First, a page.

Pablo Picasso (October 25, 1881 - April 8, 1973)
According to the biography Picasso: Creator and Destroyer by Arianna Stassinopoulos Huffington, in the summer of 1905, “Picasso was in a great mood to explore and experiment, and his experimentation did not stop at painting, nor did his explorations stop at talking and sex. Opium was, in this artists’ colony where there were no rules and no breaks, a doorway into new worlds and expanded visions. Picasso tried it, enjoyed it and abandoned it, after praising it for having 'the most intelligent of all odours'.”
"Opium, henbane, hashish, morphine, ether: all were ubiquitous in Picasso’s circle, and freely available at the local chemist’s or private fumiers around Paris. That the artist was stoned when he painted the 'Family of Saltimbanques,' and pictures like it, goes a long way towards explaining the lack of tension, the dulled eyes, the emotional isolation of individual figures and the dreamy mood of the Rose period." (from Richard Dorment's review of the first volume of John Richardson's Life of Picasso, Times Literary Supplement, September 13, 1991.)
One evening in 1908, Picasso's mistress Fernande Oliver recalled, Picasso, Oliver, Guillame Apollinaire, and painter Marie Laurencin gathered together at Azon’s restaurant in Paris, taking hashish pills. The evening ended in a friend's room where "Apollinaire was having the time of his life in an imaginary brothel; Marie Laurencin, ever controlled and dignified, left at early to return to her mother and her cat; and Picasso was lost in a horrible vision that he had come up against a wall and could no longer progress or develop. In his nightmare he shrieked that he had discovered photography, that there was nothing left for him to learn, that he was condemned to paint the same thing over and over again and that he wanted to kill himself.” (Huffington)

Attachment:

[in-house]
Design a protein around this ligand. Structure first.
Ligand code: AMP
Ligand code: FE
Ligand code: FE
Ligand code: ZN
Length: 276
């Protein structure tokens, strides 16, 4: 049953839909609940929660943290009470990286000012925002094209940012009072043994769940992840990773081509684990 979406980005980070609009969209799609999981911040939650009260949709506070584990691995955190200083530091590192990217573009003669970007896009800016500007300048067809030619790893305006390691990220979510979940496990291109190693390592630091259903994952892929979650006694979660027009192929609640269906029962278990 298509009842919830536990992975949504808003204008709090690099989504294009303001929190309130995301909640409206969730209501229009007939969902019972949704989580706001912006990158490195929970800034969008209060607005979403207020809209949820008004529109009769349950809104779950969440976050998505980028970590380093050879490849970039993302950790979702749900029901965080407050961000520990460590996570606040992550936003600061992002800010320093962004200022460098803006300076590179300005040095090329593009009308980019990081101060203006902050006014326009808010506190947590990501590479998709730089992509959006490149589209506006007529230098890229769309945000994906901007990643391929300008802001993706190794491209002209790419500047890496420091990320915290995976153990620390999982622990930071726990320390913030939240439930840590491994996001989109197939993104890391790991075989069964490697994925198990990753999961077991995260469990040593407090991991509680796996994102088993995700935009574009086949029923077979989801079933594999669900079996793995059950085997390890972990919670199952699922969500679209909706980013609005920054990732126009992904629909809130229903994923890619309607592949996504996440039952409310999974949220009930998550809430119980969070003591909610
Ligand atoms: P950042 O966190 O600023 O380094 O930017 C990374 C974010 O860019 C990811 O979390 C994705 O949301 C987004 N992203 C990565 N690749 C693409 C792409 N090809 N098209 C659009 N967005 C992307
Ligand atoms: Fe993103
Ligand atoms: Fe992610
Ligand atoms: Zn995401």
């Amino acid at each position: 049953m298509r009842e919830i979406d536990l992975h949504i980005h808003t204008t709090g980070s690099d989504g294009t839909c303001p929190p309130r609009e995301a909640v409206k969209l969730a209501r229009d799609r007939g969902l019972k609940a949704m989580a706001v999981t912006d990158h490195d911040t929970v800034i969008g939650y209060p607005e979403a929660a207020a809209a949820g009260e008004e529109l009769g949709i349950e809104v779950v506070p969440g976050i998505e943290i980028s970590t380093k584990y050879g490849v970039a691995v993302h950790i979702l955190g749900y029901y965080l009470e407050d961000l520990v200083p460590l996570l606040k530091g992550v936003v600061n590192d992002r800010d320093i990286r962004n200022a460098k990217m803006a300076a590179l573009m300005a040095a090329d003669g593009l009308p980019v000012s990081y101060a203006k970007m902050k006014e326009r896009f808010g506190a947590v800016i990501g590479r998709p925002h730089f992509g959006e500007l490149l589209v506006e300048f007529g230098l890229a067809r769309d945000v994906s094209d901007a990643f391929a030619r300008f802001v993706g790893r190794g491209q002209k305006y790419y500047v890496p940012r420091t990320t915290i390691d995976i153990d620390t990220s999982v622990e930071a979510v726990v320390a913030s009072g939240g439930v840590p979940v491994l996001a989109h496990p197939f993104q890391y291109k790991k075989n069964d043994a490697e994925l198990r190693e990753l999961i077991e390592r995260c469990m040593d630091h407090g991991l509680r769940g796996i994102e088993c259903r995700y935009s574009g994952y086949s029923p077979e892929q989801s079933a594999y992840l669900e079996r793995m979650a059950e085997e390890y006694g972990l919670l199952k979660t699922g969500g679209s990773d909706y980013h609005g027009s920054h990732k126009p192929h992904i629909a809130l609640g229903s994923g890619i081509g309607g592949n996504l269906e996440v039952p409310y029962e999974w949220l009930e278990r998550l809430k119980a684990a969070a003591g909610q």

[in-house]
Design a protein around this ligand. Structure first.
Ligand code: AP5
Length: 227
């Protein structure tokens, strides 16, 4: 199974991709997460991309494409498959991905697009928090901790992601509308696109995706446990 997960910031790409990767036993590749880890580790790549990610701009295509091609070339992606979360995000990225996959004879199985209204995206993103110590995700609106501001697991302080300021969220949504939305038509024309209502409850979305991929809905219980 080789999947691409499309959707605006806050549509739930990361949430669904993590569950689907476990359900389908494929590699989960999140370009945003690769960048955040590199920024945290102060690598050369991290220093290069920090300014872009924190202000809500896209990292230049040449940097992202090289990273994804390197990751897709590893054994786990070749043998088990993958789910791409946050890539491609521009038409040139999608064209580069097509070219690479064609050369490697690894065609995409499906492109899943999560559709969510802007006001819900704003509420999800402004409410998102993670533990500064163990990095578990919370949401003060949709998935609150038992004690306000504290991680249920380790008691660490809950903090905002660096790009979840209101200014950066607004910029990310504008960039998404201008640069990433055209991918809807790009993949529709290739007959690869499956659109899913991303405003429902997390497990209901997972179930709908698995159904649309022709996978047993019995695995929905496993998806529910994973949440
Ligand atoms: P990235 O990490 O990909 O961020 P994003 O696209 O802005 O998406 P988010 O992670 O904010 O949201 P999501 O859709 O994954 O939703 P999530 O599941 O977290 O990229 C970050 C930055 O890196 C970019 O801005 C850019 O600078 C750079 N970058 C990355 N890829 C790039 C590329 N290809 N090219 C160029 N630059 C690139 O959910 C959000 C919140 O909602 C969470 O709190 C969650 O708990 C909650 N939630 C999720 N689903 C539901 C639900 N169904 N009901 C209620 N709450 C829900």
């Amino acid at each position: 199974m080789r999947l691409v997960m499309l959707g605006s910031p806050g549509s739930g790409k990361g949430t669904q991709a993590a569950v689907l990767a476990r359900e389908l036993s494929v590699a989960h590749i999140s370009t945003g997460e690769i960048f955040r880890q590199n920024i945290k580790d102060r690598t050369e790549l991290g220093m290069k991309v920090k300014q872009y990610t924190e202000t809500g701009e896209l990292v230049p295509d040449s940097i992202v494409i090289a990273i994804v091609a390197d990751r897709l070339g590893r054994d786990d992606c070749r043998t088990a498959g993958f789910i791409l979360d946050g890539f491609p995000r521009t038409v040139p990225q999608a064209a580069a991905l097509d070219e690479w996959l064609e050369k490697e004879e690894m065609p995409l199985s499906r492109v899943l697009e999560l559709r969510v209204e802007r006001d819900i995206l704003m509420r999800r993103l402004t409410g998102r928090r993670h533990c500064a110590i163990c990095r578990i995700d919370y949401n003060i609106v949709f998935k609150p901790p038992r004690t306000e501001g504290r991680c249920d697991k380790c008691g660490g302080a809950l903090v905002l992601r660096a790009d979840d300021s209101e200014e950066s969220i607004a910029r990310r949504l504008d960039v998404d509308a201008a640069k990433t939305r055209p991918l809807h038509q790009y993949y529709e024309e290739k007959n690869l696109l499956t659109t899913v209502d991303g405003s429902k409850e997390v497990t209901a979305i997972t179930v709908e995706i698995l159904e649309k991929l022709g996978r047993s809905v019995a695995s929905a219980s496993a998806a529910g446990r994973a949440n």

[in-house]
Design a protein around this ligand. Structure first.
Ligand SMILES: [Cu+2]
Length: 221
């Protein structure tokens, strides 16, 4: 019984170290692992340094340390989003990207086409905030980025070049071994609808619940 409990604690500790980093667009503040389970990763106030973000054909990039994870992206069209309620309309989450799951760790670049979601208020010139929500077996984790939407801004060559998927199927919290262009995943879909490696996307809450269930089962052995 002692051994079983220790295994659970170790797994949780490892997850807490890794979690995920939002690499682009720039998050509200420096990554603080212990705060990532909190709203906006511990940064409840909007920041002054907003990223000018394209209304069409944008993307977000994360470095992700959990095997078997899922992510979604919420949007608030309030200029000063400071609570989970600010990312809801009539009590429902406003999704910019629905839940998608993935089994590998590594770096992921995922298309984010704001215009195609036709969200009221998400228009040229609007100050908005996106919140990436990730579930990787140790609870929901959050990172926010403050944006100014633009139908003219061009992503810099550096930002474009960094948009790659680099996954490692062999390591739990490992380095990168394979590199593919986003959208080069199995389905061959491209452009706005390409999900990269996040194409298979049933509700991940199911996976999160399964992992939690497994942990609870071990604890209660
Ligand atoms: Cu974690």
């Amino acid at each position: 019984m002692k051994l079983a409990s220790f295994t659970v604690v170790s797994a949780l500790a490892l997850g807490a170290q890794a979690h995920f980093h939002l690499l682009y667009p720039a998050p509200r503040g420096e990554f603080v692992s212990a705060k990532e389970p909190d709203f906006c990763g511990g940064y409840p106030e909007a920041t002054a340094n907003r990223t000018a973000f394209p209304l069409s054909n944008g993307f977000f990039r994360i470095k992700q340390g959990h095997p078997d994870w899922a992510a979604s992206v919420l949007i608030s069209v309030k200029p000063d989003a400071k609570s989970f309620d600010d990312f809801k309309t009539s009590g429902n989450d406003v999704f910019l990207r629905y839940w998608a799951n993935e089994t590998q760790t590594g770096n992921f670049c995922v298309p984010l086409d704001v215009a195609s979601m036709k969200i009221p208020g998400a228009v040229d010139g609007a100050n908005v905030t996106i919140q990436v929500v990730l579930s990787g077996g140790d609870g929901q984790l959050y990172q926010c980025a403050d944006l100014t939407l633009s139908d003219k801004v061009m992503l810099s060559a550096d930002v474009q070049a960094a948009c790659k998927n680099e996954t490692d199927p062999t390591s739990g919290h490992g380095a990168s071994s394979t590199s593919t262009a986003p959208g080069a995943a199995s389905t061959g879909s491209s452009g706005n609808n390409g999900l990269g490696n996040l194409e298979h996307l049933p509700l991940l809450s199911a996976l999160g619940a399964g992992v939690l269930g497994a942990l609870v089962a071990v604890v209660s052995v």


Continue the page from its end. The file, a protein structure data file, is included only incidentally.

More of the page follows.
Shortly afterwards, Picasso found painter Karl-Heinz Wiegels hanging by the neck from a beam in his studio. Huffington wrote, “He grew progressively more depressed and worried about his own health. His diet became increasing ascetic, his aperifits were replaced by mineral water and he abandoned hashish pills, as he had abandoned opium, forever.” And invented, or at least perfected, cubism, a non-photographic style of paining that adds the dimension of time. Would he have done so without his hashish vision?